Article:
Same Day Registration in States

By 2018, 16 states and the District of Columbia will allow same day registration. Thirteen states already use it, and three states - California, Vermont, and Hawaii - are working to implement same day registration over the next two years. California and Vermont passed both same day registration and automatic voter registration as complementary pieces of a strategy to modernize their voting systems and expand access to the vote.

Nine of the 16 states passed same day registration during the past ten years, but some states, like Wisconsin, Maine, and Minnesota have used same day registration since the 1970s. The facts are clear - data from the past 32 years has shown that same day registration consistently increases voter participation by at least ten percentage points. States looking to modernize and make it easier for people to vote have found that same day registration is the cheapest, easiest path to measurable gains.

In the past few years, however, some state governments have been trying to dismantle same day registration, despite the overwhelming evidence of its success. In 2012, in Wisconsin, a new administration tried to repeal same day registration after the law had been in place for 37 years. The people of Wisconsin demanded that their government respect the long tradition of equal access to the ballot box in their state, and together, they made sure that the voices of the many outweighed the interests of a few.

Click here to learn more about the fight for same day registration, and check out our guides to taking action and getting the word out to find out how you can join the fight!

 

 

Fighting for Same Day Registration

It's no coincidence that two of the states with the strongest voter turnout - Wisconsin and Minnesota - have used same day registration since the 1970s. States working to modernize elections and boost voter participation enact same day registration because it has an immediate, measurable effect in expanding access to the vote. Although same day registration has helped hundreds of thousands of Americans register and vote more easily, small groups within state governments are trying to block or dismantle same day registration.

Check out a few key profiles on same day registration in states across the country below, and find out where your state stands on same day here!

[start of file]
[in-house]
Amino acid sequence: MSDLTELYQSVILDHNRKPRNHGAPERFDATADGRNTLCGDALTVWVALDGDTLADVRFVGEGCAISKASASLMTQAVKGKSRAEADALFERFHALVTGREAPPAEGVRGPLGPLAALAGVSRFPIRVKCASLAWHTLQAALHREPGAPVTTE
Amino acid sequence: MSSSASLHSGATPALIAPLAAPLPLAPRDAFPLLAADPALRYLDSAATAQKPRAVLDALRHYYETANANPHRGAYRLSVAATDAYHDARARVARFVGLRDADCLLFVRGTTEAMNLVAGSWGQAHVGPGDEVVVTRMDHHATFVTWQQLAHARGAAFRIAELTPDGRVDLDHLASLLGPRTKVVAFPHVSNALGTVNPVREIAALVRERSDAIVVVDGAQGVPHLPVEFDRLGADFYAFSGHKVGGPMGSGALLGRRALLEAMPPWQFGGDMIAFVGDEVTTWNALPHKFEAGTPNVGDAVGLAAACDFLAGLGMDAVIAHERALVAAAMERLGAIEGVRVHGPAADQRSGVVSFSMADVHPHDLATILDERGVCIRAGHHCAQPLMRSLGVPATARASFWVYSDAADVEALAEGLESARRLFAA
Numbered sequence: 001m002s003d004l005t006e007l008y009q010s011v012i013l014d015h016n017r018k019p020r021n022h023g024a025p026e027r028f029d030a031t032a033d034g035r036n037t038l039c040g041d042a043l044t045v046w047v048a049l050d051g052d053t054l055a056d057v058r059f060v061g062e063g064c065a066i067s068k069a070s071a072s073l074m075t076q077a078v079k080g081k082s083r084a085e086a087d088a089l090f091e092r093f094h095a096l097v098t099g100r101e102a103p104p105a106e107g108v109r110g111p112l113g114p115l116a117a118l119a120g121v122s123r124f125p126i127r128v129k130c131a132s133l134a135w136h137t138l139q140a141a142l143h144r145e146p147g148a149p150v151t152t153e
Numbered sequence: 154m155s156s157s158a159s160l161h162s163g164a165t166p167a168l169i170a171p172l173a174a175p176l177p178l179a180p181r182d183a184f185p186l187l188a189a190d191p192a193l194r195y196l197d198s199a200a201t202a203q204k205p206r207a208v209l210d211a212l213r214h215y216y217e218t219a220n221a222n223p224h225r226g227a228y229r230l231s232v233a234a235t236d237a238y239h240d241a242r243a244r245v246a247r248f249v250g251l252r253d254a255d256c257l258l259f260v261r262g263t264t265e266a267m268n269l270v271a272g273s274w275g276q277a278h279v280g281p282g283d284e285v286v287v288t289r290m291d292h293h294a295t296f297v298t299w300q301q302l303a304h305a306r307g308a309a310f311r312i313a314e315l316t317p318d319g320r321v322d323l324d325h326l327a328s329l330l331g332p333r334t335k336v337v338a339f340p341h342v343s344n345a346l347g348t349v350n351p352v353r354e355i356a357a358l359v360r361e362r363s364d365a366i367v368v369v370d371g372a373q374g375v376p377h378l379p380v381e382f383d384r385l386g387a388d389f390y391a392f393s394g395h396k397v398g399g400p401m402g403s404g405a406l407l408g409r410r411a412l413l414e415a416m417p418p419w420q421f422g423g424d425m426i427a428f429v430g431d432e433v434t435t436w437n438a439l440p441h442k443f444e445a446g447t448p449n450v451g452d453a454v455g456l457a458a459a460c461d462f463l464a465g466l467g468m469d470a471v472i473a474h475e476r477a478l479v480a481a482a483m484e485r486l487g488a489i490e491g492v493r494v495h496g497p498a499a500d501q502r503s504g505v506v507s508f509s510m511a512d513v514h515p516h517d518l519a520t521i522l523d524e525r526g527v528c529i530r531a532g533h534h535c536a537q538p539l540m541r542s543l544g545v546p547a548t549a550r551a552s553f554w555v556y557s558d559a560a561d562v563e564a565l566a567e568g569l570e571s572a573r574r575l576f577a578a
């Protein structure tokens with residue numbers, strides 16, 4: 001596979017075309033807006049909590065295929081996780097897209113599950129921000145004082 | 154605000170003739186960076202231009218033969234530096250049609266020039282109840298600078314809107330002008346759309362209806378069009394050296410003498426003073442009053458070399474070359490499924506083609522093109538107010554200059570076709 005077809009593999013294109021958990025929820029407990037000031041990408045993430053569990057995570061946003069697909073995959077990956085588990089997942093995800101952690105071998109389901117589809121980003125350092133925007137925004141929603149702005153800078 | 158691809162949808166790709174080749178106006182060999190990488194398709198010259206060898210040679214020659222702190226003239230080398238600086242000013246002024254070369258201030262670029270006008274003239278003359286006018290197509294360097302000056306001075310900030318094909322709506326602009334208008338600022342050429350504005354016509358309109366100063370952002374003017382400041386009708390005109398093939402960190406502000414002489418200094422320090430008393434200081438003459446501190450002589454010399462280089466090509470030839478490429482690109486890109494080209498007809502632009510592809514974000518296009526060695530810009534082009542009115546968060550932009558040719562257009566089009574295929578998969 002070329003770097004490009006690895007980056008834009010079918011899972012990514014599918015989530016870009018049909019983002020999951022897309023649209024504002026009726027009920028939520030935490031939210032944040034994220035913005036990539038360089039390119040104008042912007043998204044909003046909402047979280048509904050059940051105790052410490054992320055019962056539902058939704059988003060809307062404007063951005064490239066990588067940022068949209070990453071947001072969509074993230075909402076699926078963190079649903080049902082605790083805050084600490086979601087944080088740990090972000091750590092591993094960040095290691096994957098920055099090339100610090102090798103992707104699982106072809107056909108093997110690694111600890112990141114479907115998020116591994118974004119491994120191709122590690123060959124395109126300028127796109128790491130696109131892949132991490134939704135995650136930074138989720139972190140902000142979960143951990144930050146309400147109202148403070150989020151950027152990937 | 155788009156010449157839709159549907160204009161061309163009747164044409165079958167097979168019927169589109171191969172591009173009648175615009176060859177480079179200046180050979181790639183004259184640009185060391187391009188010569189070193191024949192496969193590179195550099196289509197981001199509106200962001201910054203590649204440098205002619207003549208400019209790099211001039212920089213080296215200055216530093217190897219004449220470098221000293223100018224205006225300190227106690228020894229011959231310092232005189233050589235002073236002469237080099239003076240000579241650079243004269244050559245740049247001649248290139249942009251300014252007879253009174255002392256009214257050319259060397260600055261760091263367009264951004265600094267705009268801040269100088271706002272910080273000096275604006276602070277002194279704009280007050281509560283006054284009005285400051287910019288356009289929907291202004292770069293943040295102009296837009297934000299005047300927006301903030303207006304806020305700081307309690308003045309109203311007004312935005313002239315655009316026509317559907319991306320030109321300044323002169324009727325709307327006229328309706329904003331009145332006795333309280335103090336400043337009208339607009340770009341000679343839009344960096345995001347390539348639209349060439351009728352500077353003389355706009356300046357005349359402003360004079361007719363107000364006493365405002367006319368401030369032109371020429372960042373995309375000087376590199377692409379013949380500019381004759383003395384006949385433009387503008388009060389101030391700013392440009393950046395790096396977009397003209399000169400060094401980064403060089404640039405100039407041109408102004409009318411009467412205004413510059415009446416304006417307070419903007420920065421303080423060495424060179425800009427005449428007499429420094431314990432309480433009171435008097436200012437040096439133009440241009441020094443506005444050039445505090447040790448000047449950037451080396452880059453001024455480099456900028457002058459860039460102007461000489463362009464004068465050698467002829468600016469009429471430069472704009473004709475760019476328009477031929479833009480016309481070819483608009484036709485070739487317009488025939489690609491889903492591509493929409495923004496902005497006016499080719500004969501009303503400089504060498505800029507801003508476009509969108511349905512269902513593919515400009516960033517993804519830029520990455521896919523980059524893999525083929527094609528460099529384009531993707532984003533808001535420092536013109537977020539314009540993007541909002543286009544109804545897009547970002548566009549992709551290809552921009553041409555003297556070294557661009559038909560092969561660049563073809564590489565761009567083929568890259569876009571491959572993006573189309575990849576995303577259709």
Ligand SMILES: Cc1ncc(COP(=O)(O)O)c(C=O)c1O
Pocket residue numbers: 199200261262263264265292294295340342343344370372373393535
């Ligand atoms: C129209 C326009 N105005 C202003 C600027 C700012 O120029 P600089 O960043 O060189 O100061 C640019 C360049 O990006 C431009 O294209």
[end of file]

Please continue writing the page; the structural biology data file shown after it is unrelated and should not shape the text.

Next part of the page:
Wisconsin's Story

Wisconsin

Wisconsin’s same day registration law has given the state one of the highest voter participation rates in the nation since it was passed in 1976. In 2012, however, Gov. Scott Walker tried to repeal same day registration, citing concerns that too many people would turn out to vote on Election Day for poll workers to handle, even though the program had worked well for 37 years. Poll workers spoke out against these concerns, and a report issued by the Government Accountability Board found that eliminating same-day registration would be expensive, with no impact on reducing the workload of election staff.

The citizens of Wisconsin came together to demand the convenience and access to the ballot box that has helped lift up their voices. In the end, Governor Walker was forced to back down from ending same-day registration, especially as his own son used it to register while accompanied by the governor. The fight for voting rights continues in Wisconsin, and together, Wisconsinites are ensuring that their voices and the voices of their children will be heard for years to come.

Minnesota's Story

Minnesota

Like Wisconsin, Minnesota has a longstanding tradition of strong civic engagement. Alongside Wisconsin and Maine, Minnesota was one of the first states to pass same day registration in 1974. Today, Minnesota has led the nation in voter turnout for both the 2008 and 2012 presidential elections. Minnesota elections already use early votingonline voter registrationno excuse absentee ballots, and portable registration, and activists and advocates in the state are working toward reforms like automatic voter registration and pre-registration.